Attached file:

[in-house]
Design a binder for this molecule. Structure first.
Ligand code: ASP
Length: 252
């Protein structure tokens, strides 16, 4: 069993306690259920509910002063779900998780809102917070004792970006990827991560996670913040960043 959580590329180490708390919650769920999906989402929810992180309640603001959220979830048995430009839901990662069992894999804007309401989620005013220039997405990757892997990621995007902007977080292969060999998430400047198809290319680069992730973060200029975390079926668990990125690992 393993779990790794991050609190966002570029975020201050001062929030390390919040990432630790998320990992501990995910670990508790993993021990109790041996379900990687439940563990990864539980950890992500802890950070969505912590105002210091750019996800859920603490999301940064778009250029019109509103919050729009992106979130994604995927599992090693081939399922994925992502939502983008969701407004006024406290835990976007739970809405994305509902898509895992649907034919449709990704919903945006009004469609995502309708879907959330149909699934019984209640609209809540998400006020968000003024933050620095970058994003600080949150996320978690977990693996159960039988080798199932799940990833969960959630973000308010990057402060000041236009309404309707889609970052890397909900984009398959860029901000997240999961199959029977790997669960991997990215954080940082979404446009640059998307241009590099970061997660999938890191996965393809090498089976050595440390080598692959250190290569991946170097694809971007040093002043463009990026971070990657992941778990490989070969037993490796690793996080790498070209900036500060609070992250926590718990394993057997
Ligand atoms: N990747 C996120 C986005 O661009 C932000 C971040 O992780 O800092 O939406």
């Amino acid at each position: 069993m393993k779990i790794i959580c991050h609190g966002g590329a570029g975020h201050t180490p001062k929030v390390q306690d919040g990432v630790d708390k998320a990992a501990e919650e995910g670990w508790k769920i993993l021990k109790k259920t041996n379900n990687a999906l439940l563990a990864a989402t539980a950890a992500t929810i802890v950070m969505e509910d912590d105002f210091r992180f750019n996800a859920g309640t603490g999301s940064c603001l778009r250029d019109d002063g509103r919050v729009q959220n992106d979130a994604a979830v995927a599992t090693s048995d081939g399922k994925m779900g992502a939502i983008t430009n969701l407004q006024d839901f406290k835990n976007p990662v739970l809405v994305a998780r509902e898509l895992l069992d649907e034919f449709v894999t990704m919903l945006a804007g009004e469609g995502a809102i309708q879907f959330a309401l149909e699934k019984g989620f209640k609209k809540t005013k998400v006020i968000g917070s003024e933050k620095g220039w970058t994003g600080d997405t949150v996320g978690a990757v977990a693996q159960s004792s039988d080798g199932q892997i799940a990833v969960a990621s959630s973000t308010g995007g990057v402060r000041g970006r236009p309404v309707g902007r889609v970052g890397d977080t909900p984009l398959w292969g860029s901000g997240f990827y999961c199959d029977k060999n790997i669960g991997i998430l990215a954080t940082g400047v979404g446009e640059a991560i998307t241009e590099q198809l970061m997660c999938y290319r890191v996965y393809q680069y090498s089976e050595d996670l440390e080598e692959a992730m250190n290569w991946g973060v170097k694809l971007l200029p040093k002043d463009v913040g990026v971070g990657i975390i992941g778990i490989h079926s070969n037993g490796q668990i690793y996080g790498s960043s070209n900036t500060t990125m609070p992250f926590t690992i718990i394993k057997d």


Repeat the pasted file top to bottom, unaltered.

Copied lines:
[in-house]
Design a binder for this molecule. Structure first.
Ligand code: ASP
Length: 252
């Protein structure tokens, strides 16, 4: 069993306690259920509910002063779900998780809102917070004792970006990827991560996670913040960043 959580590329180490708390919650769920999906989402929810992180309640603001959220979830048995430009839901990662069992894999804007309401989620005013220039997405990757892997990621995007902007977080292969060999998430400047198809290319680069992730973060200029975390079926668990990125690992 393993779990790794991050609190966002570029975020201050001062929030390390919040990432630790998320990992501990995910670990508790993993021990109790041996379900990687439940563990990864539980950890992500802890950070969505912590105002210091750019996800859920603490999301940064778009250029019109509103919050729009992106979130994604995927599992090693081939399922994925992502939502983008969701407004006024406290835990976007739970809405994305509902898509895992649907034919449709990704919903945006009004469609995502309708879907959330149909699934019984209640609209809540998400006020968000003024933050620095970058994003600080949150996320978690977990693996159960039988080798199932799940990833969960959630973000308010990057402060000041236009309404309707889609970052890397909900984009398959860029901000997240999961199959029977790997669960991997990215954080940082979404446009640059998307241009590099970061997660999938890191996965393809090498089976050595440390080598692959250190290569991946170097694809971007040093002043463009990026971070990657992941778990490989070969037993490796690793996080790498070209900036500060609070992250926590718990394993057997
Ligand atoms: N990747 C996120 C986005 O661009 C932000 C971040 O992780 O800092 O939406």
């Amino acid at each position: 069993m393993k779990i790794i959580c991050h609190g966002g590329a570029g975020h201050t180490p001062k929030v390390q306690d919040g990432v630790d708390k998320a990992a501990e919650e995910g670990w508790k769920i993993l021990k109790k259920t041996n379900n990687a999906l439940l563990a990864a989402t539980a950890a992500t929810i802890v950070m969505e509910d912590d105002f210091r992180f750019n996800a859920g309640t603490g999301s940064c603001l778009r250029d019109d002063g509103r919050v729009q959220n992106d979130a994604a979830v995927a599992t090693s048995d081939g399922k994925m779900g992502a939502i983008t430009n969701l407004q006024d839901f406290k835990n976007p990662v739970l809405v994305a998780r509902e898509l895992l069992d649907e034919f449709v894999t990704m919903l945006a804007g009004e469609g995502a809102i309708q879907f959330a309401l149909e699934k019984g989620f209640k609209k809540t005013k998400v006020i968000g917070s003024e933050k620095g220039w970058t994003g600080d997405t949150v996320g978690a990757v977990a693996q159960s004792s039988d080798g199932q892997i799940a990833v969960a990621s959630s973000t308010g995007g990057v402060r000041g970006r236009p309404v309707g902007r889609v970052g890397d977080t909900p984009l398959w292969g860029s901000g997240f990827y999961c199959d029977k060999n790997i669960g991997i998430l990215a954080t940082g400047v979404g446009e640059a991560i998307t241009e590099q198809l970061m997660c999938y290319r890191v996965y393809q680069y090498s089976e050595d996670l440390e080598e692959a992730m250190n290569w991946g973060v170097k694809l971007l200029p040093k002043d463009v913040g990026v971070g990657i975390i992941g778990i490989h079926s070969n037993g490796q668990i690793y996080g790498s960043s070209n900036t500060t990125m609070p992250f926590t690992i718990i394993k057997d």